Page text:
For another veteran who was seeking a Ph.D. in health science and ended up in a billing dispute with the university, the most confounding part was his sense that Liberty was indifferent to the troubles he was experiencing. “Little do they know this causes undue stress in our lives,” he wrote in his complaint, “but I’m sure they do not care because they are only in it for the money.”

This story was originally published by ProPublica, a nonprofit newsroom that investigates abuses of power. Sign up to receive ProPublica’s biggest stories as soon as they’re published.

Alec MacGillis covers politics and government for ProPublica.



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10 thoughts on “At Liberty University, Veterans’ Complaints Keep Coming”

  1. Liberty U is the college campus version of a megachurch. It is a cesspool of idol worship, corruption, cultist legalism, abuse, and covering up of rapes.

    Give me one reason why this snakepit shouldn’t be forcibly shut down.

    1. Brian,

      I am not fond of Liberty, but I know a number of people who are graduates of the university, including ministers, and they all love their university. I’ve been around a number of universities, and I only love 2 of them. It means something that godly men are coming out of the place with affection for where they received their training.

      Have a little nuance.

      Also, God could forcibly shut down the world any time He wanted to; yet He chooses not to. Forcing our will on others is not a Christian way. Be careful of letting judgment speak instead of faith.

      1. John Young,

        I know Liberty grads too. I went to HS with a few. That doesn’t mean I support their choice of university.

        Even before the truly indefensible and abhorrent was revealed (covering up rapes, protecting rapists, bullying and ostracizing rape victims), LU was a hotbed of Pharisaical legalism, man-made phony rules–students would constantly get “demerits” for various and sundry preposterous minor rules violations. Remember that Mr. Falwell Sr. was a segregationist. That’s not the Gospel of Jesus Christ, it’s a man-made gospel.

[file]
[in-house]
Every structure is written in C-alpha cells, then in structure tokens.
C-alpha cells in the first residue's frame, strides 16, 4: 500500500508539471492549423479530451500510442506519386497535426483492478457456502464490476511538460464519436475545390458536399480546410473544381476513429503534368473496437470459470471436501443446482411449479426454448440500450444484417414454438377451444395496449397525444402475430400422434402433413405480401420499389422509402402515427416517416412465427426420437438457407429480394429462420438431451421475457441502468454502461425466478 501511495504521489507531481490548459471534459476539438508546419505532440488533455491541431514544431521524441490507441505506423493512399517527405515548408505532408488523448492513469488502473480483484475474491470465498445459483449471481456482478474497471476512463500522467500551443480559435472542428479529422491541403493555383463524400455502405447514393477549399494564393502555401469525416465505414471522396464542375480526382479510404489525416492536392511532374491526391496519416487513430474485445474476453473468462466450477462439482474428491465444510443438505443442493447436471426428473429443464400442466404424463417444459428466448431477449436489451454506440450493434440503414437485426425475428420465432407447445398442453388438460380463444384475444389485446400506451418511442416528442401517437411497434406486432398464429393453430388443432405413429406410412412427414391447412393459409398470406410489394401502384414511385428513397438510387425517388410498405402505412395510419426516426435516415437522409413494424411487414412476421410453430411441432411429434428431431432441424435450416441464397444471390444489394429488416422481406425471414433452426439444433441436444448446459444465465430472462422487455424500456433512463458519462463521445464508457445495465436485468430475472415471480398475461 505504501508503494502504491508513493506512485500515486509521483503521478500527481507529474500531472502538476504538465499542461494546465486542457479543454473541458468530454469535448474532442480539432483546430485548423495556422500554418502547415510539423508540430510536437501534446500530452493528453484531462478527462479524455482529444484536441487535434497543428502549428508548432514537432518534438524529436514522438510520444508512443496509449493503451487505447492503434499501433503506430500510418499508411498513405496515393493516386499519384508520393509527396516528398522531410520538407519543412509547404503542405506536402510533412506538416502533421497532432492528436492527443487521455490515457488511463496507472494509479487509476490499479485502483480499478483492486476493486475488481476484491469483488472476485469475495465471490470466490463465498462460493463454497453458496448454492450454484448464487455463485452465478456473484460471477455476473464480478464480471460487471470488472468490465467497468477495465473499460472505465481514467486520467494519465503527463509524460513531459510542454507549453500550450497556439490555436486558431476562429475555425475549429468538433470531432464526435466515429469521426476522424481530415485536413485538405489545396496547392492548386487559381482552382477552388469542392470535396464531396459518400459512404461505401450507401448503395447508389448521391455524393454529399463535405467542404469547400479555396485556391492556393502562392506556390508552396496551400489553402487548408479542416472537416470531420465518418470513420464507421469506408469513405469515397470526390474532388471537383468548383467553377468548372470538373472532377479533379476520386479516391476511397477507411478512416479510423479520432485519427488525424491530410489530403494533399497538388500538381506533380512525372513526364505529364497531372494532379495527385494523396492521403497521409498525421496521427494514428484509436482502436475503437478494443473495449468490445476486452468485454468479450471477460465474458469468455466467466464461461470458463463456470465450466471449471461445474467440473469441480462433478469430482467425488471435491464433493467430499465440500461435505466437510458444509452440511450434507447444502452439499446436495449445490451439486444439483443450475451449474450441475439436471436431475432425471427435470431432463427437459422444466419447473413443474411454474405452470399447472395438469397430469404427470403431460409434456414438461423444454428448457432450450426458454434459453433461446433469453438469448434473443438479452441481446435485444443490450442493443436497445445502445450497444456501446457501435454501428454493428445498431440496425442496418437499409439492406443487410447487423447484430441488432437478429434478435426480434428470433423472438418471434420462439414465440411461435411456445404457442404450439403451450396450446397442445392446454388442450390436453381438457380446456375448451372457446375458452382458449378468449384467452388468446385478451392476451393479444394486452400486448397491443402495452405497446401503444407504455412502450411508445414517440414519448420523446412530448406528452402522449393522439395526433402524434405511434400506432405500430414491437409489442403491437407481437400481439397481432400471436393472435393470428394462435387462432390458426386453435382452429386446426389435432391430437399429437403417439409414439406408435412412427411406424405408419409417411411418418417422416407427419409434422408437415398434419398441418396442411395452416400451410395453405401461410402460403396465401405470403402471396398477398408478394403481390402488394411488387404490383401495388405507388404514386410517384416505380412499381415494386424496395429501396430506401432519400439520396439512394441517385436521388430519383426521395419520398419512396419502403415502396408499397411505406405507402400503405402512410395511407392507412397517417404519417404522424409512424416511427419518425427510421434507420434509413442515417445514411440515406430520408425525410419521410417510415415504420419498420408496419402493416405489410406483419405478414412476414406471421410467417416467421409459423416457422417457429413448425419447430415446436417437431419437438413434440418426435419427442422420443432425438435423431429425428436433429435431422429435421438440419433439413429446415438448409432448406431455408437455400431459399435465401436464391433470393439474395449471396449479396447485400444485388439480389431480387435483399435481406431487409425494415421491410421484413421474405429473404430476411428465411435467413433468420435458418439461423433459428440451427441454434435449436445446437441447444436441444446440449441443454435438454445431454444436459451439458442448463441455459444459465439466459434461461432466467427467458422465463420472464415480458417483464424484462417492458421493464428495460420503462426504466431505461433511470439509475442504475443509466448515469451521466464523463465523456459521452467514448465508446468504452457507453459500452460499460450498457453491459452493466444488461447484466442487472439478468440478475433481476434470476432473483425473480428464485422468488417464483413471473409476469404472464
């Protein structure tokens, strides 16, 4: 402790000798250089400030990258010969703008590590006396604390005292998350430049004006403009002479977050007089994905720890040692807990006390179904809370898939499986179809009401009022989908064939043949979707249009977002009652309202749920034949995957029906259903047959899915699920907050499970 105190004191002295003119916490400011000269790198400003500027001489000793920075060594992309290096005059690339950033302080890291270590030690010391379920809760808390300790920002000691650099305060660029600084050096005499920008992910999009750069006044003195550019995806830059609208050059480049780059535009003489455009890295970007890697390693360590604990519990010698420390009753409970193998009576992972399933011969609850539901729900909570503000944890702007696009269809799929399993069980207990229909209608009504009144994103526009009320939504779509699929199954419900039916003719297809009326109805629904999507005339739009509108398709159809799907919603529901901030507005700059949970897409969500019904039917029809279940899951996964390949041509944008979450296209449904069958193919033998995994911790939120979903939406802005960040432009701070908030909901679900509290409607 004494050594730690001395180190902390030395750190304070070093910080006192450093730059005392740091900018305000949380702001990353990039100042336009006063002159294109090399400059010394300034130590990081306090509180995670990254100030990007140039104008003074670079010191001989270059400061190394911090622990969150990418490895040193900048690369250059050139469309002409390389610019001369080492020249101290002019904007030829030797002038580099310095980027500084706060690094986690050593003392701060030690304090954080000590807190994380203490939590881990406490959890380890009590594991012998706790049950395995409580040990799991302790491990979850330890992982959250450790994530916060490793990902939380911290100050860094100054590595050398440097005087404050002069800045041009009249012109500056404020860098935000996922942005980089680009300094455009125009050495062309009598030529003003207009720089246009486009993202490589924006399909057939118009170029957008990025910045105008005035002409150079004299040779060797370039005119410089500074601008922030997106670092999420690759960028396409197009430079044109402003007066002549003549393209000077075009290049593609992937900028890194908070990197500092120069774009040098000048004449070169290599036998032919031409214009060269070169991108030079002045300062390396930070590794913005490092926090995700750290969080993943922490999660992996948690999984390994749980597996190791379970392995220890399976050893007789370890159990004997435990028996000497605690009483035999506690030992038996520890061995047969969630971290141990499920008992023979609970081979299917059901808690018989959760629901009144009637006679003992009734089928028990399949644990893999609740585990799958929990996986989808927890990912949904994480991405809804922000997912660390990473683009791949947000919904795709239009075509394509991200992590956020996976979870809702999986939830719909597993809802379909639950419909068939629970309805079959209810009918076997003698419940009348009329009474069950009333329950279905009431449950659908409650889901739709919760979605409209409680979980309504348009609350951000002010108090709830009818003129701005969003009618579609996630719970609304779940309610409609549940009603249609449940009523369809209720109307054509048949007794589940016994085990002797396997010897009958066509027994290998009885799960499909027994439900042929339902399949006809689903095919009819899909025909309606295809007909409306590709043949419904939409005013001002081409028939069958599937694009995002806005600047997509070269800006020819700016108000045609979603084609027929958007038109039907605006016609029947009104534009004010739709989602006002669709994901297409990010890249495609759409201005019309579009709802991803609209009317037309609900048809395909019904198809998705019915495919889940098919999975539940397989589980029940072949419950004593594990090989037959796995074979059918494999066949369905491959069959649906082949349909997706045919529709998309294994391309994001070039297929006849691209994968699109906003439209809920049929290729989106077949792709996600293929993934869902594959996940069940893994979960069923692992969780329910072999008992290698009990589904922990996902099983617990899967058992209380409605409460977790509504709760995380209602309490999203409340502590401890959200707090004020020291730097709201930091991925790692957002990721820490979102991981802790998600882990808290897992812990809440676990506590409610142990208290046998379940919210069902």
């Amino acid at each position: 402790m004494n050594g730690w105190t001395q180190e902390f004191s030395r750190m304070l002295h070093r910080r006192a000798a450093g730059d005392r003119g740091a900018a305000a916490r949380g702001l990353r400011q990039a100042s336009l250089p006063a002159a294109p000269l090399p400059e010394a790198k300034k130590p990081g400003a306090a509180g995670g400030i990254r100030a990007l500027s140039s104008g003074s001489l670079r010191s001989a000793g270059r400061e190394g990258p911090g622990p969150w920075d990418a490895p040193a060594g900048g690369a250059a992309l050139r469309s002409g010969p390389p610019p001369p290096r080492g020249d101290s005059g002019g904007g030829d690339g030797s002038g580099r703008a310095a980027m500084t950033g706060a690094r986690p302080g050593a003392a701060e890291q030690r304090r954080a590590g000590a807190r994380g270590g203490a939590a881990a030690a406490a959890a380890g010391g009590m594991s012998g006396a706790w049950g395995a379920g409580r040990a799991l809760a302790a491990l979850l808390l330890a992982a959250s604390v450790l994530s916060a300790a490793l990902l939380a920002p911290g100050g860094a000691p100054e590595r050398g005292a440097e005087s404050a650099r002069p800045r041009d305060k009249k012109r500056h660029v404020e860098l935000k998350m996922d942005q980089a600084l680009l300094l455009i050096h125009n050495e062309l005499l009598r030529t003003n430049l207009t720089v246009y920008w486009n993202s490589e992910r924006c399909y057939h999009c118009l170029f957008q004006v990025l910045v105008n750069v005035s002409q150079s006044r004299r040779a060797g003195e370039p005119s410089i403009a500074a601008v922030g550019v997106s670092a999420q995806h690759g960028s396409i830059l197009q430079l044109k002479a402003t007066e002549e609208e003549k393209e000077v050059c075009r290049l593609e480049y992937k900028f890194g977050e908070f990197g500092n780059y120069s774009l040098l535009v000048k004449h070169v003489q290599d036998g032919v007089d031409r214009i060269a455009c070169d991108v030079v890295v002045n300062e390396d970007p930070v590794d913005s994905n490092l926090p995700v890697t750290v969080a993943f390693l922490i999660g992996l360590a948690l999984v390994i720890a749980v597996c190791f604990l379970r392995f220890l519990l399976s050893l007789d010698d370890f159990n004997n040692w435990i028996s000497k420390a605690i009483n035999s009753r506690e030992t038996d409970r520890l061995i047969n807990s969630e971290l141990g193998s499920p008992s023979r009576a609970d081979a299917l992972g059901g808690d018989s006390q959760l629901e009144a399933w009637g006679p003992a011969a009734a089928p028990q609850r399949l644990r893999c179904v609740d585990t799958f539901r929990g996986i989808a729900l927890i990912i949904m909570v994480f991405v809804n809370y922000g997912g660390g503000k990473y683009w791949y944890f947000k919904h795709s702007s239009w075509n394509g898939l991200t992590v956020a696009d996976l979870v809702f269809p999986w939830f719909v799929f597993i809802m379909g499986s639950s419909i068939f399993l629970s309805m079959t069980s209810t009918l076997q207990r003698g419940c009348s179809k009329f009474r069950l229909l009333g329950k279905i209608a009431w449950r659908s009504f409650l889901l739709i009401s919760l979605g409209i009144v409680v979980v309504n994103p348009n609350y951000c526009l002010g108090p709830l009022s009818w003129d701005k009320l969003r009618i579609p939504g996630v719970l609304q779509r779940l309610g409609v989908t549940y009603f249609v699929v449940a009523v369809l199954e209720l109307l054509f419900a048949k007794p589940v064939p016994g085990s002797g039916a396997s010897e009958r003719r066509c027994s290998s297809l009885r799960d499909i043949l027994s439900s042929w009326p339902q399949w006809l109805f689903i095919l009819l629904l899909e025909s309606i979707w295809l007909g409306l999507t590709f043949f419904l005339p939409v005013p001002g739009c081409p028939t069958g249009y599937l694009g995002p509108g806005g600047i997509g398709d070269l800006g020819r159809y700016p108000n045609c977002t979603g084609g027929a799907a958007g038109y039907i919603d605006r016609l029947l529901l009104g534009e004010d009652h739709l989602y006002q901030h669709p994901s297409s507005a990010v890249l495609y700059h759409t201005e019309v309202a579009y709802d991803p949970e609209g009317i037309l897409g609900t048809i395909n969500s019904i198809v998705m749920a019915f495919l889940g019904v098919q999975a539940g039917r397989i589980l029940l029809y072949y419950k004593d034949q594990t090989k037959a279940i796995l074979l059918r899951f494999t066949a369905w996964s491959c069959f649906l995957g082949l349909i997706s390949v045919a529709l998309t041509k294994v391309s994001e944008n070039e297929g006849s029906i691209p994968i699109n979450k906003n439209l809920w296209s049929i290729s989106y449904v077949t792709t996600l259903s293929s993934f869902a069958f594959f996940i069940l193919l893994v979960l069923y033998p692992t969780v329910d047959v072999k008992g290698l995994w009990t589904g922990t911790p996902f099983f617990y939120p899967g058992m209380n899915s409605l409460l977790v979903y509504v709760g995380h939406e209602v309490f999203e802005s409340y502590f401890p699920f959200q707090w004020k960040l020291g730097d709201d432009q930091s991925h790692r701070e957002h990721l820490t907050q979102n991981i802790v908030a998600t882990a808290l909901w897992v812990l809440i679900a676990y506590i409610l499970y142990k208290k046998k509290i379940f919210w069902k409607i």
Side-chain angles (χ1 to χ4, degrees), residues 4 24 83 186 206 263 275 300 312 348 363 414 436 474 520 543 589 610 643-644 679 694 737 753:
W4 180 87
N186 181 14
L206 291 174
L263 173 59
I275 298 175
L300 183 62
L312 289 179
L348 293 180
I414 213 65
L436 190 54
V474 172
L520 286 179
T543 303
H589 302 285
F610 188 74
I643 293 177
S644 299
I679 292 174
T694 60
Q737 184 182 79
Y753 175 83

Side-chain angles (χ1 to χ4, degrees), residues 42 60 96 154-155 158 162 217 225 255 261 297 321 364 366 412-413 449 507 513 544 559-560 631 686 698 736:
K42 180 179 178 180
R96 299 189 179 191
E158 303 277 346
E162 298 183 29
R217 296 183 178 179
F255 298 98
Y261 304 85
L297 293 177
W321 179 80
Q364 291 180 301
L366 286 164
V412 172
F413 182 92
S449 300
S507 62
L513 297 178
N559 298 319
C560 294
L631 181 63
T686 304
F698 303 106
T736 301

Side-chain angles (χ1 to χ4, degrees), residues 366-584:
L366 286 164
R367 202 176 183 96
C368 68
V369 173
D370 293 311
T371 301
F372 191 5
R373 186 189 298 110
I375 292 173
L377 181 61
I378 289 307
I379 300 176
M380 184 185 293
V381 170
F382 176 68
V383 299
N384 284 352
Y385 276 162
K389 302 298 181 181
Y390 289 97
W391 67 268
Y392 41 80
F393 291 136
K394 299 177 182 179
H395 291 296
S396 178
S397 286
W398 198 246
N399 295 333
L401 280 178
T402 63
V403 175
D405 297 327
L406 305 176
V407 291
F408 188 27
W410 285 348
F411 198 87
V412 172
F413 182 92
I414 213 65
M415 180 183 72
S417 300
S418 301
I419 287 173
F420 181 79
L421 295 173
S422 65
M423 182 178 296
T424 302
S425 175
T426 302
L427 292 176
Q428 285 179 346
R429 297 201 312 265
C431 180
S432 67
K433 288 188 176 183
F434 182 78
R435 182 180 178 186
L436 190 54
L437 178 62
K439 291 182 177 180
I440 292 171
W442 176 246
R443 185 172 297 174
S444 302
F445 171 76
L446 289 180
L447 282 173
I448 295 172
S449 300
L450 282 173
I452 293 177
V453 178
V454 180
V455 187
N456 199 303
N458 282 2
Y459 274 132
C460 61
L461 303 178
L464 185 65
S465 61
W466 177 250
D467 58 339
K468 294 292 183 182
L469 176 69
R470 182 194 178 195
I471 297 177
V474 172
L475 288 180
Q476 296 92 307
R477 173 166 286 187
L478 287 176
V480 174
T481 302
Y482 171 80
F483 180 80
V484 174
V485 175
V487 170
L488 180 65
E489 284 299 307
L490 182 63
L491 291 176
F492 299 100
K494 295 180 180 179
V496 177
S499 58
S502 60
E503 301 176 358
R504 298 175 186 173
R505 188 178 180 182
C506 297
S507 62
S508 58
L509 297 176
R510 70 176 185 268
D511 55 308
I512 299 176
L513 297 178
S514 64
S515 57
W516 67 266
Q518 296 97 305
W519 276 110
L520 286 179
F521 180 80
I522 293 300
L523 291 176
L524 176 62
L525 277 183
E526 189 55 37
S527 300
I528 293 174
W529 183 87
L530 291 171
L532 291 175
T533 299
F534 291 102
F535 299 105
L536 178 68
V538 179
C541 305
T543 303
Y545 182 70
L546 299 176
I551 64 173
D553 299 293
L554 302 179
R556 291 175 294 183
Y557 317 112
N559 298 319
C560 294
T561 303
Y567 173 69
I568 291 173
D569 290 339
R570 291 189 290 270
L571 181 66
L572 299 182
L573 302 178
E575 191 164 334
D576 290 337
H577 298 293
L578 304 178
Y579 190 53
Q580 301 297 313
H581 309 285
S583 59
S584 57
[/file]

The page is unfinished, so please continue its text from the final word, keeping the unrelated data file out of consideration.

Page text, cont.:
Someone has to call a spade a spade. I may be on the right politically speaking generally, but Liberty is a cesspool and I am not afraid to say it.

  2. Ahhh nothing says love and Christ like an evangelical and liberty university. Why anyone goes there is beyond me. Enough has been written about the whole Falwell clan starting with daddy Falwell and bob jones university being all full of love and diversity. Well after the IRS forced them to enroll black students in the mid seventies. But even then no dating them white girls. Google it if you doubt. And they didn’t think to say what is transferable. I’m a veteran and if I wasted my money and time I wouldn’t be nice as my sister of the uniform and cross.

  3. I looked into several of these issues and found some conflicting information.

    Liberty does offer an online aviation degree, which is a 120 hour or approximately 3.5 year program on a standard university class schedule just like most all other 4 year degrees. The online degree cannot be completed in a year as the article alleges is possible. Also, the online courses offered by Liberty are referred to as accelerated because they are shortened to 8-week intervals on a year round schedule instead of the typical longer fall and spring semester (~14 week) schedule. Affiliates accept students in the accelerated program, because all online students are technically in the accelerated program. I’m not sure if the residential program (on campus) requires students to use Liberty’s flight school instead of an affiliate, but I think that online students are eligible to do the flight training at Liberty.

    The way that the online program works is the flight training is a lab course with fees that are sent to the affiliate to cover your flight training.
    With a fixed payment effectively per year, an affiliate in a high cost area cannot offer as many flight hours for the same money as a low cost area.

  4. I also wanted to address the complaint about the non-existent rotary wing to fixed wing class.
    The class is legitimate as seen here:

    It is pretty common knowledge that any accredited 4 year program has prerequisites to allow for the curriculum to build on itself. Publishing a complaint about trying to bypass the prerequisites because the student didn’t want to take them and then protesting that seems that both the author of the article and the student really don’t understand how a degree program works, or at least what a prerequisite means. Given this basic fallacy of argument and how quickly I was able to find the specific course, I think the journalistic integrity is absent here to at least do something more than repeat the angry complaint of someone who doesn’t want to follow the rules that everyone else has to follow and to at least do some cursory fact checking before declaring that this non-existent class was used as bait and switch to entrap the student into properly taking the necessary prerequisite courses.